Nonconformity Defines the Self: The Role of Minority Opinion Status in Self-Concept Clarity

Nonconformity Defines the Self: The Role of Minority Opinion Status in Self-Concept Clarity

By
Kimberly Rios Morrison, S. Christian Wheeler
Personality and Social Psychology Bulletin. March
2010, Vol. 36, Issue 3, Pages 297-308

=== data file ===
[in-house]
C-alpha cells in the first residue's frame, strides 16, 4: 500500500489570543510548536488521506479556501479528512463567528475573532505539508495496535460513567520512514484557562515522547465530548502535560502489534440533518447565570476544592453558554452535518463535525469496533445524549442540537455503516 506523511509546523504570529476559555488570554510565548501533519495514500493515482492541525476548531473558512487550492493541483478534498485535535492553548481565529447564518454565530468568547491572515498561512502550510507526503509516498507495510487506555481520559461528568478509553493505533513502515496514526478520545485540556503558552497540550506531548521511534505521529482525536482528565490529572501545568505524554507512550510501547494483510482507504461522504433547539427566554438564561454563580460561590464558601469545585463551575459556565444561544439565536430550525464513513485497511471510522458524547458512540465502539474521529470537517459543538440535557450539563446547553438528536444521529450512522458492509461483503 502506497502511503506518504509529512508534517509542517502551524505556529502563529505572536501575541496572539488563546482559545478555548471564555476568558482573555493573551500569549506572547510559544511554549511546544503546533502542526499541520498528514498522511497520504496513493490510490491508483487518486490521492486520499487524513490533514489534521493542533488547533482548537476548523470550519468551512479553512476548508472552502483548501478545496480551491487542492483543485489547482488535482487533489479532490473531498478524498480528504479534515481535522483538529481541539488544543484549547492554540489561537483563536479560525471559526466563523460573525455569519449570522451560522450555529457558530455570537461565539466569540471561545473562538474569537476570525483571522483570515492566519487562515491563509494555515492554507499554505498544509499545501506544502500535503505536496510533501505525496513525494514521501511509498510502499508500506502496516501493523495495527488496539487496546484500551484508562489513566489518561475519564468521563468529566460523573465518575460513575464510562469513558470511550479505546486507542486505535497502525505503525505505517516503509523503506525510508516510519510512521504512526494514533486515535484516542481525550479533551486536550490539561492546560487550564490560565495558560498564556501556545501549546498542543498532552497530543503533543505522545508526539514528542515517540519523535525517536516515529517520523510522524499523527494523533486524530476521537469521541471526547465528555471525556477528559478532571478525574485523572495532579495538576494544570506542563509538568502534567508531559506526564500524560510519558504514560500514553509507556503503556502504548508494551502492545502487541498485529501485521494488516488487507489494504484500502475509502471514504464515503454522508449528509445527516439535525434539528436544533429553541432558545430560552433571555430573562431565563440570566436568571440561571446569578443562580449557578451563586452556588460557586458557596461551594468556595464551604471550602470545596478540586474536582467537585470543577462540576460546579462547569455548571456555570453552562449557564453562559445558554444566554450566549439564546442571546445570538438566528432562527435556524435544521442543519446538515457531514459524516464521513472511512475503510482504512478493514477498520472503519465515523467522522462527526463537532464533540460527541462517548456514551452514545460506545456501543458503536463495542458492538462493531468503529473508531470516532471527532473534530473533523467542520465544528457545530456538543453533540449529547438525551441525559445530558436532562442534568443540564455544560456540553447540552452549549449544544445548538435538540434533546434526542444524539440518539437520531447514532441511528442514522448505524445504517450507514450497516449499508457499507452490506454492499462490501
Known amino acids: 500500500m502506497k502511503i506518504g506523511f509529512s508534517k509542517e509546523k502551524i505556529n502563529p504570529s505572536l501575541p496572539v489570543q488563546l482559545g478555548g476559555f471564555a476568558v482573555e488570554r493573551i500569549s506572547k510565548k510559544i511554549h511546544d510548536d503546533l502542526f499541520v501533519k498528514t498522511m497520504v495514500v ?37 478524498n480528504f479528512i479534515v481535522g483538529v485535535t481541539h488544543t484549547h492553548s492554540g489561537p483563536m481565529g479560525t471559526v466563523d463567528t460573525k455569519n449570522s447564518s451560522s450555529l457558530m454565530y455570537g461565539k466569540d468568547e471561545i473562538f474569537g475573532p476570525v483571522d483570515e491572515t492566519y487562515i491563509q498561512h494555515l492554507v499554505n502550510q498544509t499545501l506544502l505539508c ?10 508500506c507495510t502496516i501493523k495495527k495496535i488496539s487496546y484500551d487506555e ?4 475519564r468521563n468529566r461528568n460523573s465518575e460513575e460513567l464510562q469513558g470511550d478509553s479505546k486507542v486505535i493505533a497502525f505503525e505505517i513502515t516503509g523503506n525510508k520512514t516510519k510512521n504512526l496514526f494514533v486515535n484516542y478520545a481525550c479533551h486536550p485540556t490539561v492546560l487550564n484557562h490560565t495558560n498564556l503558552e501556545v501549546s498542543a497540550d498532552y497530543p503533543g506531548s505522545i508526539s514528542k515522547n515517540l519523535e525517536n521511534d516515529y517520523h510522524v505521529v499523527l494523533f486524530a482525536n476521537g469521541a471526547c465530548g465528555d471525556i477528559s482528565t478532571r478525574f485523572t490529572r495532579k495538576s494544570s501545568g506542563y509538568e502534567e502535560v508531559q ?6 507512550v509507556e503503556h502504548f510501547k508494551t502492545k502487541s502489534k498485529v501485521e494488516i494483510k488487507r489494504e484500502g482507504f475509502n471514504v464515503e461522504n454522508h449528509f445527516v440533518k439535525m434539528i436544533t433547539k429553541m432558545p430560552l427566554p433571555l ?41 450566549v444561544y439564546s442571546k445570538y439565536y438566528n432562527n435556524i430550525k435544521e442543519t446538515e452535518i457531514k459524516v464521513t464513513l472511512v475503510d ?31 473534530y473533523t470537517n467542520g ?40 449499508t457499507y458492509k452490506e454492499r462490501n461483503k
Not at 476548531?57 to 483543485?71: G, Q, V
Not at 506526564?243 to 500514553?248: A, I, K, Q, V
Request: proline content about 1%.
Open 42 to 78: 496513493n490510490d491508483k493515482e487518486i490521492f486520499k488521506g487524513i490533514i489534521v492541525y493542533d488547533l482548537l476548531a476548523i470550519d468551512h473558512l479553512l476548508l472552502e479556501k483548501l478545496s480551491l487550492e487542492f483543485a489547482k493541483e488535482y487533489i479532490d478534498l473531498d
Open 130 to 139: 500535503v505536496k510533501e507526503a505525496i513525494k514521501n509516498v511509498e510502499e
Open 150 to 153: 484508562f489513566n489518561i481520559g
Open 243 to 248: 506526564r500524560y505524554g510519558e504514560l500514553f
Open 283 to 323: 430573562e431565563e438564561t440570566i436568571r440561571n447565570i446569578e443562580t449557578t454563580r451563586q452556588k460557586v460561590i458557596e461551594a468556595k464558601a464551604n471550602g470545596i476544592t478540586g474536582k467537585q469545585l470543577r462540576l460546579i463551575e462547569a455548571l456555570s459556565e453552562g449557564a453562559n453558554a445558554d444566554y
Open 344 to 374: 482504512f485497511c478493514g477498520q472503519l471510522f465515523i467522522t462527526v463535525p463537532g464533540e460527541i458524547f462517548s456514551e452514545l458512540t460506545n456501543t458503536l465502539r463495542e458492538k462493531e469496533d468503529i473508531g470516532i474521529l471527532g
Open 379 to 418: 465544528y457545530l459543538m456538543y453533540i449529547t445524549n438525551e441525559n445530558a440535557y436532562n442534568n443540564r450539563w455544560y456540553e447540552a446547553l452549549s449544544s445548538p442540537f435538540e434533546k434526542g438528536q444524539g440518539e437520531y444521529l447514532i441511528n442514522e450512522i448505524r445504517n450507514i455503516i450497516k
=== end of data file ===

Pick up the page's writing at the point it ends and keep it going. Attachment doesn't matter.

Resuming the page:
Drawing on distinctiveness and social identity theories, the present studies tested whether minority opinion holders would have a more clearly defined sense of self than majority opinion holders. In Study 1, participants who were induced to believe that they held a minority opinion on a controversial issue had higher subsequent self-concept clarity scores than did those who were induced to believe that they held a majority opinion, controlling for self-esteem. Furthermore, the relationship between minority opinion status and self-concept clarity was strongest among participants whose opinions were highly expressive of their values (Studies 2 and 3), as well as among participants who identified strongly with the group in which they were a minority (Study 3). Theoretical and practical implications of these results are discussed.